One must return, I think, to the title and its implications about the desire or need for light, from Goethe's perspective not simply the literal light that means one is living but the metaphorical light of humanism, enlightenment, moral awakening. And here the connection between the two historical episodes becomes clearer. For it is not a simple analogy that Hecht draws between religious persecution in two different eras (indeed, even the parallel of religious persecution is tenuous, for Jewish belief was hardly an issue for the Nazis, as it was for the Christian inquisitors), but an analogy marked by a significant divergence related to the question of light. For the religious sufferer of the first part, the "Kindly Light" exists as a possibility; the "tranquility" of his soul may be imagined in the face of his torture only because "the name of Christ" still carries that power.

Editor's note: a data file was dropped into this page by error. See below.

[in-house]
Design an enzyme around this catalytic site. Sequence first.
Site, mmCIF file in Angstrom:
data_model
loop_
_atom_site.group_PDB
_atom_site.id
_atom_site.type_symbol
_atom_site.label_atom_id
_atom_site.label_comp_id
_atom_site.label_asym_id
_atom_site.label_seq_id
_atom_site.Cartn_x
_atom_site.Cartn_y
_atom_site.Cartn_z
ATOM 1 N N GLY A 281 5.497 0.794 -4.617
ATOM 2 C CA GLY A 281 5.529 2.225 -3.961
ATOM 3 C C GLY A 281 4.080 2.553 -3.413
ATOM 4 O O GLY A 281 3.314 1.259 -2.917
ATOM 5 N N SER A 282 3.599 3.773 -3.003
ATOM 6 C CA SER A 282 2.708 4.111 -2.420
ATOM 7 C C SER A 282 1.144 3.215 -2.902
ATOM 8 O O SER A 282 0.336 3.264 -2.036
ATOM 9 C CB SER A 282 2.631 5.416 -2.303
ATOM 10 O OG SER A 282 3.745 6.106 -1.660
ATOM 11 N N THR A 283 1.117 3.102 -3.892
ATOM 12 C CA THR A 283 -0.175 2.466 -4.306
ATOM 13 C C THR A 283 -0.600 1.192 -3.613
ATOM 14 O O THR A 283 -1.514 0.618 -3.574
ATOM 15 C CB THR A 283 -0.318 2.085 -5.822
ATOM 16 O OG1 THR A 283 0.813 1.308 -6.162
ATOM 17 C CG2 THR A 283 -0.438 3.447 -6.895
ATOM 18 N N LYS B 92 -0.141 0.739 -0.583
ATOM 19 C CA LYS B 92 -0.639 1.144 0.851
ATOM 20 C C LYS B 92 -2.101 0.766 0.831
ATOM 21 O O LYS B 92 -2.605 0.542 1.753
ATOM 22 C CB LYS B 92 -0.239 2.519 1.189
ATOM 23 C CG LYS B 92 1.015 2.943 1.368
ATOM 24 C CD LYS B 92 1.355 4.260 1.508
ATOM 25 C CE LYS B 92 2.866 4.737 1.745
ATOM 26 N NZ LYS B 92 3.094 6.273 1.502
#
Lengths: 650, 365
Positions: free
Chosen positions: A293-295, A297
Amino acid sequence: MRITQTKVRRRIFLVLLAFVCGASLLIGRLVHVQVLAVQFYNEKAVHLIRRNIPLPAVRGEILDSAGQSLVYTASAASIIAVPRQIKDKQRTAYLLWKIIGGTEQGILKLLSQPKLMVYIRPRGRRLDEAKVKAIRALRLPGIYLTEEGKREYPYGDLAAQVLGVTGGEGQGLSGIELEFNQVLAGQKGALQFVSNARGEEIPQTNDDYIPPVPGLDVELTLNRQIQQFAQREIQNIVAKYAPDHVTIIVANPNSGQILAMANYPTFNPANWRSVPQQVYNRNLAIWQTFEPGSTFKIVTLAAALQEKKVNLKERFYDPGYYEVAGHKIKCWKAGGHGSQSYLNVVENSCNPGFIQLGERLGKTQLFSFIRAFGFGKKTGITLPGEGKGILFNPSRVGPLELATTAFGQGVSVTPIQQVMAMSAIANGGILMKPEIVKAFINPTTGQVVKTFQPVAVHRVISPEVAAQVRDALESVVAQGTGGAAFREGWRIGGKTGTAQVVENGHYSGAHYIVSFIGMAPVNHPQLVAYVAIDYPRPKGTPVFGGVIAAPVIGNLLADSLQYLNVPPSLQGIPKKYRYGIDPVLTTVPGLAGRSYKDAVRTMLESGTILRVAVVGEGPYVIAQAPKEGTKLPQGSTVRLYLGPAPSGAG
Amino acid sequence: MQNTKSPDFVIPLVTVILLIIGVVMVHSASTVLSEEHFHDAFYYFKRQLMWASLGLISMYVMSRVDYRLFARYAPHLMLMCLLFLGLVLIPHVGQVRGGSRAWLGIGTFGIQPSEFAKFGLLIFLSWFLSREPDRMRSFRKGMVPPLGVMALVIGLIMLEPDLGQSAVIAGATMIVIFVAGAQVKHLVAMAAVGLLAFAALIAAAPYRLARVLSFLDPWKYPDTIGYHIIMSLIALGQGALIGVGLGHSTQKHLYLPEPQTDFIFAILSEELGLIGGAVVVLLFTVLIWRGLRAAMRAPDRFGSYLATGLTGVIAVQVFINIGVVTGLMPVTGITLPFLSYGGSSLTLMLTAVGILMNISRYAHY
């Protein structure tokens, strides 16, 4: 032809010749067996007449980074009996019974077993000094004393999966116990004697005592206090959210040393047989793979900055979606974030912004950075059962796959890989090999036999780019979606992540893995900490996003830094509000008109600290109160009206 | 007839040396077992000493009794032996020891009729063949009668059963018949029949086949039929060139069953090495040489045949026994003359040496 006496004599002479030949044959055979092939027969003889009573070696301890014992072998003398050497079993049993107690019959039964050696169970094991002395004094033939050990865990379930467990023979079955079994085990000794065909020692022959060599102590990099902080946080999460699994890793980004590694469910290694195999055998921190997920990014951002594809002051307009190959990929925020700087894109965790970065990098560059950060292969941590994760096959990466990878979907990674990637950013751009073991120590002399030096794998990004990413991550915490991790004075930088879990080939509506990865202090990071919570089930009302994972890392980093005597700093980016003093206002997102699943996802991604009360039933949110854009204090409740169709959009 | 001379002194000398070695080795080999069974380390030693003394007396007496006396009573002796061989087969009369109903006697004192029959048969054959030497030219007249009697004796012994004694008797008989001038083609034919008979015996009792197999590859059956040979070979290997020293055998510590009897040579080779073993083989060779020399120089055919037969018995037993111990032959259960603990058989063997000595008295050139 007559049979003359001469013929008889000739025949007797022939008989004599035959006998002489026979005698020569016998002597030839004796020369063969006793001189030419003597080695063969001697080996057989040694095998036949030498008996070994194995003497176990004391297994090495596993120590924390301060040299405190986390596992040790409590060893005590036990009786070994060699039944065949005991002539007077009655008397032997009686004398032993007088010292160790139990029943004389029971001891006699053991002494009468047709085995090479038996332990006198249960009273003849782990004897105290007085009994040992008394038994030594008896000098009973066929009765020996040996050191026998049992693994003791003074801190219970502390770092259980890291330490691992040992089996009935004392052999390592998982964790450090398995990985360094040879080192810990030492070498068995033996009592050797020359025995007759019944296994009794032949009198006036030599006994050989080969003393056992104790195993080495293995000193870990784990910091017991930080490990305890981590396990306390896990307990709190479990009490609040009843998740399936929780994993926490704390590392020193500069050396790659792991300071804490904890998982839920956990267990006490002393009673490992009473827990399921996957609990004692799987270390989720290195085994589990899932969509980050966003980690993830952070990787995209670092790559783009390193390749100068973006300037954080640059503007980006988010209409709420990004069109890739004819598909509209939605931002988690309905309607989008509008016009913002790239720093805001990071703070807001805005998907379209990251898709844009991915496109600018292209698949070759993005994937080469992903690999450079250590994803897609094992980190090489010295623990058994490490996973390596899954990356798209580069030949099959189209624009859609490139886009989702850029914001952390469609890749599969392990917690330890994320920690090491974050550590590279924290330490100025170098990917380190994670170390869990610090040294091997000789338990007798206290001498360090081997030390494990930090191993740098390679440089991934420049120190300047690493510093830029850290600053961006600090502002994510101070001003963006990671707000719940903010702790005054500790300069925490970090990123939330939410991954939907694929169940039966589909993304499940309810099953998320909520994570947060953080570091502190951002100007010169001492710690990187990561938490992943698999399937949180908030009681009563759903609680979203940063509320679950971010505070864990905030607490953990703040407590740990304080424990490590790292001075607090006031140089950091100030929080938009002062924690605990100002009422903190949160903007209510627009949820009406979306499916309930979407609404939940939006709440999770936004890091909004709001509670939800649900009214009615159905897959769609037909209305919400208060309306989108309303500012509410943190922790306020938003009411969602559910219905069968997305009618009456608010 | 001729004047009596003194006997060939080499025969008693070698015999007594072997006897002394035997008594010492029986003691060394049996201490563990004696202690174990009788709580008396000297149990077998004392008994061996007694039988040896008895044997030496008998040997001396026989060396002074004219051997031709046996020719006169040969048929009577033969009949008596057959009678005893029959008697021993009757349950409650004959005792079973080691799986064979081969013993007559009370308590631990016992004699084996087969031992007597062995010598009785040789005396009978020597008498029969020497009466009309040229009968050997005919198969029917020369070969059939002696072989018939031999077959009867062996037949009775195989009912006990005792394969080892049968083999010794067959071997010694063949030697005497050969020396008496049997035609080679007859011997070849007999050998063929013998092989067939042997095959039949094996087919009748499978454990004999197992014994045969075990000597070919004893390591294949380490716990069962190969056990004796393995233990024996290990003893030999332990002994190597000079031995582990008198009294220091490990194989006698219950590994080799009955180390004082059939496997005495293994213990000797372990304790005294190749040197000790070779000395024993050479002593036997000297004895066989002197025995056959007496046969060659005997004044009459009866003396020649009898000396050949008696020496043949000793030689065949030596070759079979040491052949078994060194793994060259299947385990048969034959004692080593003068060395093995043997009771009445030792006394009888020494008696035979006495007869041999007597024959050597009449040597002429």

In the latter event, however, light has been thoroughly extinguished. The repetitions of "Not light" and "Nor light" that begin lines 16 and 17, and the phrase "No light, no light" (negatively echoing Goethe's cry) in line 24 establish figuratively what is borne out in the action narrated: that for all parties involved in the Holocaust, any notion of a redeeming light must be dismissed. To the contrary, the poem can be viewed as a repudiation of Goethe's idealistic hope; his Germany has produced the very opposite of the light he so fervently desired. The utter dehumanization of Pole, German, and Jew in this poem attests to a determinedly non-redemptive historical reading on the part of Hecht. Moreover, the poem puts into question the reader's own ability to "see" the events being transcribed. To what extent, the poem challenges us, has our own line of vision been stripped of any capacity to witness atrocity in a compassionate way? From this angle, the Pole may indeed be the appropriate analogue for the American reader, for both nationalities have been called "bystanders" to the Holocaust. The ostensible exculpability of being a bystander, however, is severely undermined when associated with the actions of the Pole—or, more broadly, the many European bystanders who through inaction allowed mass murder to occur. The rigor of Hecht's formal skill does not aestheticize pain in this poem; it does, however, place into tension the restraining qualities of the formal arrangement and the chaotic and violent subject matter bubbling beneath. The simplicity of the form here works in the poem's favor, producing a dynamic tension without calling attention to itself.